Number 10 – Cook and Eat at Home

Eating out is expensive, especially for families.  Shop wisely for groceries and eat at home.

Number 9 – Give Up Hobbies

This can be a tough one, but giving up hobbies (at least temporarily) can save some serious cash.

Number 8 – Purchase Fresh Produce

Shopping locally, in-season, can result in some real savings.

Number 7 – Get Fit

This one is tough for me.  I work hard to lose weight – and maintain my weight loss – because I know being healthy helps my waist line and my wallet!

Number 6 – Work Together

If you have a family, it’s extremely important to cooperate when it comes time to create – and implement – a budget.  Working together benefits the entire family and each individual in it.

Number 5 – Follow Through

You have the plan, but you have to actually follow it.  Take the next step.  Today!

Number 4 – Shop Smart

Use available technology and old fashioned sources to become a smarter consumer.

Number 3 – Avoid Paying Credit Card Interest

If you have credit card debt, pay it off.  If you have a credit card, pay it off each month.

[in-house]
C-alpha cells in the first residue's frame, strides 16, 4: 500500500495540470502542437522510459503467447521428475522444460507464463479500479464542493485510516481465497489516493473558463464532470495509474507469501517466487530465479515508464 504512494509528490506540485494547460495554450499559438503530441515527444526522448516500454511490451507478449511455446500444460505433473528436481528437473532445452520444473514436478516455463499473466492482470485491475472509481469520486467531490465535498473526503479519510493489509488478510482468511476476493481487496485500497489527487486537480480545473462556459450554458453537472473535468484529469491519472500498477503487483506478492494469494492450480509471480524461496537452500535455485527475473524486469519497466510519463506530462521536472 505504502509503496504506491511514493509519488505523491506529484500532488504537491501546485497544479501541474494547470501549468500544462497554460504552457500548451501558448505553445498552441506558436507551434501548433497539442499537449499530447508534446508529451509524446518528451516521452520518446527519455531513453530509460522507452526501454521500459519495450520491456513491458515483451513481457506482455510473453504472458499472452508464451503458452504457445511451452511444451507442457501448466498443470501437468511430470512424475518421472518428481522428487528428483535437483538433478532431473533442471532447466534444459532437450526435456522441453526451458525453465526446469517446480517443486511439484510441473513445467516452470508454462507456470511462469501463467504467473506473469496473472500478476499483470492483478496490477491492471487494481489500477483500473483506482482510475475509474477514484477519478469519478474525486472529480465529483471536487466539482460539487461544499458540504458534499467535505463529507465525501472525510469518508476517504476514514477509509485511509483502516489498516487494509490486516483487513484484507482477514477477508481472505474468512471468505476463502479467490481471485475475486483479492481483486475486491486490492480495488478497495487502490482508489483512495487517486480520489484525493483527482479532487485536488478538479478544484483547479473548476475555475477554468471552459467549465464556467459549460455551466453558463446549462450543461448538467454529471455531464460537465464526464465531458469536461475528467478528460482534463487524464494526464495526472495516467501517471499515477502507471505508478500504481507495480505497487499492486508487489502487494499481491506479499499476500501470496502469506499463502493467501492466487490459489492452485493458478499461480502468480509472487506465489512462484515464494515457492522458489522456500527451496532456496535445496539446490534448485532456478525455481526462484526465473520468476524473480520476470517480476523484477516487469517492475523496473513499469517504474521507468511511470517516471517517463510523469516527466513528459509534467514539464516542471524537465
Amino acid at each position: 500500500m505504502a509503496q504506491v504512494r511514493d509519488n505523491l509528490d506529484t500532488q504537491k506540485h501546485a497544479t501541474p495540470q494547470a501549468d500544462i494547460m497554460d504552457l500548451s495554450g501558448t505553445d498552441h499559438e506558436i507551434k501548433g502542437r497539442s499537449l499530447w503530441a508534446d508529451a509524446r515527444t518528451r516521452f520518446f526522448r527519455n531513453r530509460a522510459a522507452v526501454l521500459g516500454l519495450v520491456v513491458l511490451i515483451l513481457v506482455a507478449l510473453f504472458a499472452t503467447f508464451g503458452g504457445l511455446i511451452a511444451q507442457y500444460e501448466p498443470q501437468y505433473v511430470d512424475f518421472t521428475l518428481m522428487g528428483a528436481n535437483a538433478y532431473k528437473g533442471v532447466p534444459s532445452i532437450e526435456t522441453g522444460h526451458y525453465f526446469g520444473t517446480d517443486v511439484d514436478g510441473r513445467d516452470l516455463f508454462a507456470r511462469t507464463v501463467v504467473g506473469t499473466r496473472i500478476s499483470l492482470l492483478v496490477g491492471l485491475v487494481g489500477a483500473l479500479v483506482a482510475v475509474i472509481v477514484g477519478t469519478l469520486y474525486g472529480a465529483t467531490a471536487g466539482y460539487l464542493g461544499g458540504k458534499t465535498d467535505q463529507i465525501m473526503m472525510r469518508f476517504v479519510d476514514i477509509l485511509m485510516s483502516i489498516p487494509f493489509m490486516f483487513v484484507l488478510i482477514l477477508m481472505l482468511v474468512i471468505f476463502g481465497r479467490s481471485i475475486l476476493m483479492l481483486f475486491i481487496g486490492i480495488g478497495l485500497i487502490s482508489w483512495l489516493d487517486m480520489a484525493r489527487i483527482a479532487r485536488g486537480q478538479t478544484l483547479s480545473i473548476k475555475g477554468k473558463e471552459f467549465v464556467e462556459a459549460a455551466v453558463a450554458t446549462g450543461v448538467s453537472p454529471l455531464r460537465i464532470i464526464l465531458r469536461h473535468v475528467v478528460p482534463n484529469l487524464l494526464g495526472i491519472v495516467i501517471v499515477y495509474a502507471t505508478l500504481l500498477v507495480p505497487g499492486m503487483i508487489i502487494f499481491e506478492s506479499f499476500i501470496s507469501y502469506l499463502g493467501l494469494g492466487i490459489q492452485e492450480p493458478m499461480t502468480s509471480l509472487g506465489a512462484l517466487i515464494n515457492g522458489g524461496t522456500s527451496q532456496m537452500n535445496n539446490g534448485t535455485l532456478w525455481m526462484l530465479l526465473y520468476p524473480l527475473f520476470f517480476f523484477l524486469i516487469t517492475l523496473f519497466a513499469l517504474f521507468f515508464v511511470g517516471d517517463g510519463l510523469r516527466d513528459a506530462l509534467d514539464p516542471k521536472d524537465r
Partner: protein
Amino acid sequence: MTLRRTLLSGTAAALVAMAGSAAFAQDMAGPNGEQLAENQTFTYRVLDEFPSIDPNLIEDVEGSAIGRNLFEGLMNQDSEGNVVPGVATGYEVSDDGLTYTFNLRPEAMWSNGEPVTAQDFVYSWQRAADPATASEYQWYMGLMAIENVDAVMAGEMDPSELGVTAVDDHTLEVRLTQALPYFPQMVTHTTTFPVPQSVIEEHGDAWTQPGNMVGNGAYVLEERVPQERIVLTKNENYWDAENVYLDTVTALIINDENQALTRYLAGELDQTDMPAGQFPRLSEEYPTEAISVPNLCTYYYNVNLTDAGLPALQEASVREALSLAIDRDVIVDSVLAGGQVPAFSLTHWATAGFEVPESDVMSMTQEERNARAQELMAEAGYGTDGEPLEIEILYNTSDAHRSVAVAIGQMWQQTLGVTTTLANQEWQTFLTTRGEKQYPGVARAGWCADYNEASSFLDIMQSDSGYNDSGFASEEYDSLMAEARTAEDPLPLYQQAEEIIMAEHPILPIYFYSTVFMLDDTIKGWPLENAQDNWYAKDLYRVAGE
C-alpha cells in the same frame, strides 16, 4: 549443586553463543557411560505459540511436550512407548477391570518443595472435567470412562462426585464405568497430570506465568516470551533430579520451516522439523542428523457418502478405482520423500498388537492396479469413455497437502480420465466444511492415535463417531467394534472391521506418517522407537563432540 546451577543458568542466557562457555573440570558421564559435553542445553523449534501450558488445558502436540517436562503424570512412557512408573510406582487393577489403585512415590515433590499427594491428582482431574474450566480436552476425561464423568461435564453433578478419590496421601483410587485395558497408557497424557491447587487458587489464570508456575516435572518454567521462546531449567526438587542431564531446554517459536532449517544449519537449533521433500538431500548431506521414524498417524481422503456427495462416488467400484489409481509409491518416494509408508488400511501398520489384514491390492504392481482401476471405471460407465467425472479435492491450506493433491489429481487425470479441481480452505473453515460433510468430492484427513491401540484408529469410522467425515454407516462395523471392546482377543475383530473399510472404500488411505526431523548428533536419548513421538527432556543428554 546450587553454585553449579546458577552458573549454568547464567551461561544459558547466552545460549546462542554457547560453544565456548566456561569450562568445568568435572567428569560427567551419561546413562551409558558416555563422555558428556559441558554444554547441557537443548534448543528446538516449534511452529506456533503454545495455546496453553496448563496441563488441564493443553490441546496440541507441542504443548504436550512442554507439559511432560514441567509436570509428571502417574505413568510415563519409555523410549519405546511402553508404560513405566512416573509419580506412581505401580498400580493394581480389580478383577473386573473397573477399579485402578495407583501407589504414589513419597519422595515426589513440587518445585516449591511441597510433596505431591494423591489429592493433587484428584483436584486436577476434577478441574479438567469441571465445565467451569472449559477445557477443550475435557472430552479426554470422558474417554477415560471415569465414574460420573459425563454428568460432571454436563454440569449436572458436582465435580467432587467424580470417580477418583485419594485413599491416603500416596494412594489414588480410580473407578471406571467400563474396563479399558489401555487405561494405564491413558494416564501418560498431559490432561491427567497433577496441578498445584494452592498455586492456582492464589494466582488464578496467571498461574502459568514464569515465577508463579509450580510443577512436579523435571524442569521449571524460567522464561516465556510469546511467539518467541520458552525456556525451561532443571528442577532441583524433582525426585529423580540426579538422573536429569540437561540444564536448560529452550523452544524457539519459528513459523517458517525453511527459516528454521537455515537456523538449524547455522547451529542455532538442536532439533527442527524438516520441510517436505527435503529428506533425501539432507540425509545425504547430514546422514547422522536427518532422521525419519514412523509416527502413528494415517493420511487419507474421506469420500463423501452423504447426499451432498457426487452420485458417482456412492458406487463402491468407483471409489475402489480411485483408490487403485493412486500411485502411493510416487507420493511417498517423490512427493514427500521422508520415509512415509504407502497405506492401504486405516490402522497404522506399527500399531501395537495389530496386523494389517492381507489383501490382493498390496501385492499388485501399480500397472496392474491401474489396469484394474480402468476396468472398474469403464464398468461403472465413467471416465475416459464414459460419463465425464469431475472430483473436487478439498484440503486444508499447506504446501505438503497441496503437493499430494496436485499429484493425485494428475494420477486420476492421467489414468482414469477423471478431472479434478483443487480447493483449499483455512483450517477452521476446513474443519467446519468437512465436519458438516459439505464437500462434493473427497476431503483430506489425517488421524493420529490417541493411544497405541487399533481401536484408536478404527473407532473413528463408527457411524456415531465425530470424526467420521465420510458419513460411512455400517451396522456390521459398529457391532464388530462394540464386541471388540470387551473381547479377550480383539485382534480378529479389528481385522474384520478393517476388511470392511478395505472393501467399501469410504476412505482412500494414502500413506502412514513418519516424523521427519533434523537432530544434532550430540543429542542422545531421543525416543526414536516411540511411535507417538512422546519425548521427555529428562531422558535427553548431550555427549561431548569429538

Number 2 – Live on a Budget

Give every penny a purpose and every dollar a destination.

Number 1 – Understand What You Are Doing Before You Do It

This is my number one money saving tip- Before you do anything with your money, understand what you are doing.

These are my Top Ten Ways to Save Money.  Please leave a comment with your ideas for saving money – and use the buttons below to share this post.  Blessings!

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Paying Off Our Mortgage Early – Update With Chart

My wife and I financed the purchase of our new home five years ago.  We are working hard and paying off our mortgage early.  Our goal is to own our home in less than ten years.

I use a simple pie-chart to track our progress. Having a visualization keeps us motivated and excited about the progress we are making.